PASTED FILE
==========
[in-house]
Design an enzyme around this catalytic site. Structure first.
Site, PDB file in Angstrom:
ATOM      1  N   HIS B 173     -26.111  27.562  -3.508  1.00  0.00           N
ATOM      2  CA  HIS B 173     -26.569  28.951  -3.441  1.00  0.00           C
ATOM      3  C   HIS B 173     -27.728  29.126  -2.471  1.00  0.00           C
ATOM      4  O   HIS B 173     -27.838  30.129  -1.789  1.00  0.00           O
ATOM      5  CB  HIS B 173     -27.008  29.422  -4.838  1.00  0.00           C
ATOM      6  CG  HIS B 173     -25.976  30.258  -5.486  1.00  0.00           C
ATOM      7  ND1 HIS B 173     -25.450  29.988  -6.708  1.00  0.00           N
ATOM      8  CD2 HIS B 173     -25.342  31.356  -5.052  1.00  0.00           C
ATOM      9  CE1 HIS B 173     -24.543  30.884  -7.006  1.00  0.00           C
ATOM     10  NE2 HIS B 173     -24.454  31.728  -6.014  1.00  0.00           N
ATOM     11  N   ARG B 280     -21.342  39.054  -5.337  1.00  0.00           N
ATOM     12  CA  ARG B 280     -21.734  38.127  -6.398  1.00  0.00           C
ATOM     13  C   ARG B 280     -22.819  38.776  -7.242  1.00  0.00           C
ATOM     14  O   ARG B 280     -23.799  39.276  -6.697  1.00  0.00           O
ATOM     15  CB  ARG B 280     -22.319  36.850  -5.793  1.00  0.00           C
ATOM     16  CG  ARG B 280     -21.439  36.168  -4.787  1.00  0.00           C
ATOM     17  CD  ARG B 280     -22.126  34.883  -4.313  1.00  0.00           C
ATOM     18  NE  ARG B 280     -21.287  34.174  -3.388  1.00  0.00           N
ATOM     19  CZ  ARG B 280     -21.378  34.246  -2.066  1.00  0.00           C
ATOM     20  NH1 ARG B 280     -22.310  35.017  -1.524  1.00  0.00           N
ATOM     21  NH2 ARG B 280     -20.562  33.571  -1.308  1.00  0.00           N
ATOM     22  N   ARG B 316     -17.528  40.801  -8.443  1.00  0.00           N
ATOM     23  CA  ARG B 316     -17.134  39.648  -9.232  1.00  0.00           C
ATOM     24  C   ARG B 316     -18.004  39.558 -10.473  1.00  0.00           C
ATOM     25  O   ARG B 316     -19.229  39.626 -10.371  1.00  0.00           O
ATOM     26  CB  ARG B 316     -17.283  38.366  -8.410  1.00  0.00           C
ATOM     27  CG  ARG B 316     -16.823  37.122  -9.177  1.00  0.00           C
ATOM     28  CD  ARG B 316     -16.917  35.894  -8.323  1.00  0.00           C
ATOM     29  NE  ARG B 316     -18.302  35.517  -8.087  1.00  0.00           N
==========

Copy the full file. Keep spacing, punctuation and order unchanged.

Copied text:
[in-house]
Design an enzyme around this catalytic site. Structure first.
Site, PDB file in Angstrom:
ATOM      1  N   HIS B 173     -26.111  27.562  -3.508  1.00  0.00           N
ATOM      2  CA  HIS B 173     -26.569  28.951  -3.441  1.00  0.00           C
ATOM      3  C   HIS B 173     -27.728  29.126  -2.471  1.00  0.00           C
ATOM      4  O   HIS B 173     -27.838  30.129  -1.789  1.00  0.00           O
ATOM      5  CB  HIS B 173     -27.008  29.422  -4.838  1.00  0.00           C
ATOM      6  CG  HIS B 173     -25.976  30.258  -5.486  1.00  0.00           C
ATOM      7  ND1 HIS B 173     -25.450  29.988  -6.708  1.00  0.00           N
ATOM      8  CD2 HIS B 173     -25.342  31.356  -5.052  1.00  0.00           C
ATOM      9  CE1 HIS B 173     -24.543  30.884  -7.006  1.00  0.00           C
ATOM     10  NE2 HIS B 173     -24.454  31.728  -6.014  1.00  0.00           N
ATOM     11  N   ARG B 280     -21.342  39.054  -5.337  1.00  0.00           N
ATOM     12  CA  ARG B 280     -21.734  38.127  -6.398  1.00  0.00           C
ATOM     13  C   ARG B 280     -22.819  38.776  -7.242  1.00  0.00           C
ATOM     14  O   ARG B 280     -23.799  39.276  -6.697  1.00  0.00           O
ATOM     15  CB  ARG B 280     -22.319  36.850  -5.793  1.00  0.00           C
ATOM     16  CG  ARG B 280     -21.439  36.168  -4.787  1.00  0.00           C
ATOM     17  CD  ARG B 280     -22.126  34.883  -4.313  1.00  0.00           C
ATOM     18  NE  ARG B 280     -21.287  34.174  -3.388  1.00  0.00           N
ATOM     19  CZ  ARG B 280     -21.378  34.246  -2.066  1.00  0.00           C
ATOM     20  NH1 ARG B 280     -22.310  35.017  -1.524  1.00  0.00           N
ATOM     21  NH2 ARG B 280     -20.562  33.571  -1.308  1.00  0.00           N
ATOM     22  N   ARG B 316     -17.528  40.801  -8.443  1.00  0.00           N
ATOM     23  CA  ARG B 316     -17.134  39.648  -9.232  1.00  0.00           C
ATOM     24  C   ARG B 316     -18.004  39.558 -10.473  1.00  0.00           C
ATOM     25  O   ARG B 316     -19.229  39.626 -10.371  1.00  0.00           O
ATOM     26  CB  ARG B 316     -17.283  38.366  -8.410  1.00  0.00           C
ATOM     27  CG  ARG B 316     -16.823  37.122  -9.177  1.00  0.00           C
ATOM     28  CD  ARG B 316     -16.917  35.894  -8.323  1.00  0.00           C
ATOM     29  NE  ARG B 316     -18.302  35.517  -8.087  1.00  0.00           N